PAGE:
Of Fantasy

Of Fantasy

Companies in business-to-business (B-to-B) markets often look at innovation as a consumer-driven revolution and not as something that applies to them. Their primary customers have been all about price and functionality, not lifestyle and desire. Because only one company can be the cheapest and most price-driven, commoditization stifles growth; these companies must find the power of innovation. Now the same high-value user experience is starting to be expected even for business-to-business products and services. Meeting these expectations requires not simply research and development but also a thoughtful strategic plan.

Trenton, NJ. It was a evening in November. Joey Russo and his team were getting in place for a long night. They would have 12 hours to get their work done and then inspected so that the day crew could move on to the next segment of pipe. Every day, the day crew relines decaying sewer pipes. Every night, Joey and his team surgically “cut the laterals.”

in every major city in the developed world, the sewers are more than 50 years old. The original piping was mostly clay-based, a mate­rial that becomes fragile and susceptible to cracking with age. Sewer pipes are typically 8 inches in diameter, too small for humans to phys­ically enter to repair. There are two approaches to rehabbing sewer lines. The oldest is to dig up streets and yards to gain access to the pipes and replace them. This approach is prohibitively expensive and undesirable for everyone who lives in the neighborhood. The second, noninvasive procedure is to pull tools through the pipe. These tools are used to lay out a liner and then cut out the openings that connect the main pipe to the outlet to the homes, called “laterals” in the industry. The process is still essentially manual. Locations for the lat­erals are mapped out ahead of time, and a machine with a camera and cutting tool is then pulled through the pipe with a winch and is stopped at the locations that have been mapped. A skilled person like Joey then sits in a truck and looks at a video monitor that shows the location where the lateral is to be cut. (The liner has a dimple in it where the pipe coming into the main pipe intersects.) The person in the truck controls the cutter and watches the dim and colorless images on the monitor as he directs the machine to cut the lateral. The process is slow and tedious and takes years of experience to mas­ter, but it is instrumental to the success of the operation. Although this approach is preferable to brute-force digging, it does have its downsides. First, this expert lateral cutter demands a hefty salary (in some cases, more than $100,000). Second, this person and the equip­ment are the bottleneck to the speed of opening the pipes that lead to people’s houses. Third, the crew has up to 12 hours to open the lateral, or else sewage backs up into the house, forcing the sewer rehabber to quickly dig up the yard and open the pipe while irate homeowners look on.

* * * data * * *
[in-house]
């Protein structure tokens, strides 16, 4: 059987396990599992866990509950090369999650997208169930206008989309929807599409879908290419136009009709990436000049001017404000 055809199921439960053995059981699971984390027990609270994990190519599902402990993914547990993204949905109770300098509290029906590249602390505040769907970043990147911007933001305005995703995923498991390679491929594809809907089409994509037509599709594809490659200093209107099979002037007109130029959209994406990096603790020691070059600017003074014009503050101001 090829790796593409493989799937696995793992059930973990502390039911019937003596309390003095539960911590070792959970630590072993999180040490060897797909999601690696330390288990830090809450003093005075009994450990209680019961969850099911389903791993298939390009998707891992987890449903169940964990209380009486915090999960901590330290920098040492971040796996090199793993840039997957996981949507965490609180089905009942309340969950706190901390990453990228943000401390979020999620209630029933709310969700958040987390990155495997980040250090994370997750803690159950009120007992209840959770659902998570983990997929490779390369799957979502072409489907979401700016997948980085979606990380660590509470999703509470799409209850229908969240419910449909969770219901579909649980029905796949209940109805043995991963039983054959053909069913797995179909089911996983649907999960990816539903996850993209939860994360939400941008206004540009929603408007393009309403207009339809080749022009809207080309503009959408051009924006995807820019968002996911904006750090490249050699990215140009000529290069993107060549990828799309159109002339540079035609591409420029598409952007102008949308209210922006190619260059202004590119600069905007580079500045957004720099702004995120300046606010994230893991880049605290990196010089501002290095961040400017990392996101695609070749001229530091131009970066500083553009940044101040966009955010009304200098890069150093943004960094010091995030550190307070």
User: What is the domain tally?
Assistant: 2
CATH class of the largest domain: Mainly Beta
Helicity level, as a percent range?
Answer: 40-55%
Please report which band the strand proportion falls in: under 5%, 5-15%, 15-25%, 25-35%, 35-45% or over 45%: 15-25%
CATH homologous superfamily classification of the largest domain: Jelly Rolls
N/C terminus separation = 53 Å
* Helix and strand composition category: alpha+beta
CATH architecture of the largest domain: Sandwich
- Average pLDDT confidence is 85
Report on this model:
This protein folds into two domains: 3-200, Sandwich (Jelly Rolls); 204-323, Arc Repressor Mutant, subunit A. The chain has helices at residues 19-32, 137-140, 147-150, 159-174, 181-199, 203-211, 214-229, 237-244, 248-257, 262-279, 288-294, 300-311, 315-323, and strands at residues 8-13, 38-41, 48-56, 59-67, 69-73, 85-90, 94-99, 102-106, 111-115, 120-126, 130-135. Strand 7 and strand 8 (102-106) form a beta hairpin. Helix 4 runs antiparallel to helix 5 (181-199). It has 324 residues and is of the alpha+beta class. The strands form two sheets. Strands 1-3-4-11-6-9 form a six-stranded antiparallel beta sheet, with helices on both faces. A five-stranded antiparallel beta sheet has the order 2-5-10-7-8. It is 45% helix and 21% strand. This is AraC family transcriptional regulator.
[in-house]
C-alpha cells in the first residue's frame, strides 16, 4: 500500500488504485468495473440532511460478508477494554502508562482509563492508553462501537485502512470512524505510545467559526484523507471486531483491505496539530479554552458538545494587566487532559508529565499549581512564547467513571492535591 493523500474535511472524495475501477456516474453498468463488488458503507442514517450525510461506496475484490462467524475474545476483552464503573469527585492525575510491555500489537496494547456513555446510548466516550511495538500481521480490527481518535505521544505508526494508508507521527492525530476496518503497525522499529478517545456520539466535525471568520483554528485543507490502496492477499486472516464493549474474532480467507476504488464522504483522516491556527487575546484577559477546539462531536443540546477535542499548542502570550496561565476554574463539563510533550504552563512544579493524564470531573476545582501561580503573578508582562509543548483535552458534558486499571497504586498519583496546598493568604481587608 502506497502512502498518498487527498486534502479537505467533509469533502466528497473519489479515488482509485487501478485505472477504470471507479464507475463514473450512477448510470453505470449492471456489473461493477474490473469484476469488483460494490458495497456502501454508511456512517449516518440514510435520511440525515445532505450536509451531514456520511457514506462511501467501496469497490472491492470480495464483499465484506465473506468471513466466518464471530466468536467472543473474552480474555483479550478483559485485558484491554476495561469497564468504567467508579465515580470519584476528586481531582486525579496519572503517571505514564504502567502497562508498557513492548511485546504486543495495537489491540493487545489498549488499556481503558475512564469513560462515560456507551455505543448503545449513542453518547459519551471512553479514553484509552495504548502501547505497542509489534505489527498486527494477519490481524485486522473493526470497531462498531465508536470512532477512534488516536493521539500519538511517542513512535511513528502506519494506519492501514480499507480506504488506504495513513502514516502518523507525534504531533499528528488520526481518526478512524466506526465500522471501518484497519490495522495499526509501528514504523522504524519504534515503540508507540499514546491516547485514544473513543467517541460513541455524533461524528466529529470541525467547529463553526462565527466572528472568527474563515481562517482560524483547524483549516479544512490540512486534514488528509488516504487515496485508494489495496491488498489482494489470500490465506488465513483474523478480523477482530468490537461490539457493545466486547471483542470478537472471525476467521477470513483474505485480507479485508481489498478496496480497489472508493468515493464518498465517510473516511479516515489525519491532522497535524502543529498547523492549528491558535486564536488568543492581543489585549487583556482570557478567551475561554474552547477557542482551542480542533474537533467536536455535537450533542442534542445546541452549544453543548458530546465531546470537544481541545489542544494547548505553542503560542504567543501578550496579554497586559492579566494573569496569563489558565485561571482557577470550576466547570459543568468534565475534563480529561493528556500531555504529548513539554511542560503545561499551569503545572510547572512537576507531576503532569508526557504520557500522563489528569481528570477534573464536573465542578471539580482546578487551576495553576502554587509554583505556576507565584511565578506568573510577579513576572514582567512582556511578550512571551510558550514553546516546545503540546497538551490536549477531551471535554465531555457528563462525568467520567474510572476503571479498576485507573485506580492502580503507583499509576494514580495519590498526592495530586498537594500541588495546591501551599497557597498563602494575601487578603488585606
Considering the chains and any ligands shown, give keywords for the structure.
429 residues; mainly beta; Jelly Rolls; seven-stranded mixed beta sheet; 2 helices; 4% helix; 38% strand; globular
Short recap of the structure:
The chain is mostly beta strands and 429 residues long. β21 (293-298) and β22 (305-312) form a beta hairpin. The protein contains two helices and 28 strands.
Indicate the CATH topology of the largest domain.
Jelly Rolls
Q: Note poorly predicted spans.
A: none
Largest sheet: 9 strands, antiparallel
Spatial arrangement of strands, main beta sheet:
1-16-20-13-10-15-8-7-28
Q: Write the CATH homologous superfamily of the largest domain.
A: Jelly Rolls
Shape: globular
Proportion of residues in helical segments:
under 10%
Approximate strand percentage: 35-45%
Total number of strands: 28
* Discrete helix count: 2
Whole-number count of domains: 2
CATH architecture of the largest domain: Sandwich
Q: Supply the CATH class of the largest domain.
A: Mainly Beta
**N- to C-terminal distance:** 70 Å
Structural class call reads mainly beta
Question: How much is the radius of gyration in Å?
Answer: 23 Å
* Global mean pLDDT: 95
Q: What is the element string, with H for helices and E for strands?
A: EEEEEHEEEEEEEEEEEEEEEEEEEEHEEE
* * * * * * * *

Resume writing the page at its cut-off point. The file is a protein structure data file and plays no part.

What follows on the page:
Joey is that master cutter. He is often away from home at night, but the salary is worth it. His boss, Sal, knows Joey can jump ship and go to another company at any time, so sal has to make sure he treats Joey well. Sal is nervous because Joey is not easy to replace, and if he is sick or leaves, Sal will not be able to get the jobs done. Joey’s apprentice does not have enough experience, and Joey is not inter­ested in giving him on-the-job training to create his own competition. Even though Sal does not have to stay and direct the night crew, he often loses sleep hoping that the morning will bring a completed sec­tion of cut laterals. Sal loses a small fortune if the laterals back up because they are not cut in time. He faces crews showing up with nothing to do if the laterals do not pass inspection. His agita is so bad that it prevents him from eating his favorite foods, and his blood pres­sure is off the charts if he fails to take his medication. Whereas the day crew’s work is important, the night crew critically impacts both the physical output of the business and its income statement.

Everyone had thought the liner technology was the perfect answer when it was invented. When he bought the business, Sal was told how much pipe could be lined and how profitable the business was. The lateral cutting seemed like a small part of the operation, with a specialized cutting tool to do the job remotely. But a large chunk of the profits go to Joey and his team. Plus, his current cutters break down all the time, so the crew has to travel with spare parts and be expert repairmen on-site. The business is really not that profitable after all. Sal would love a better pipe rehab process.

Updated: October 4, 2015 — 11:32 am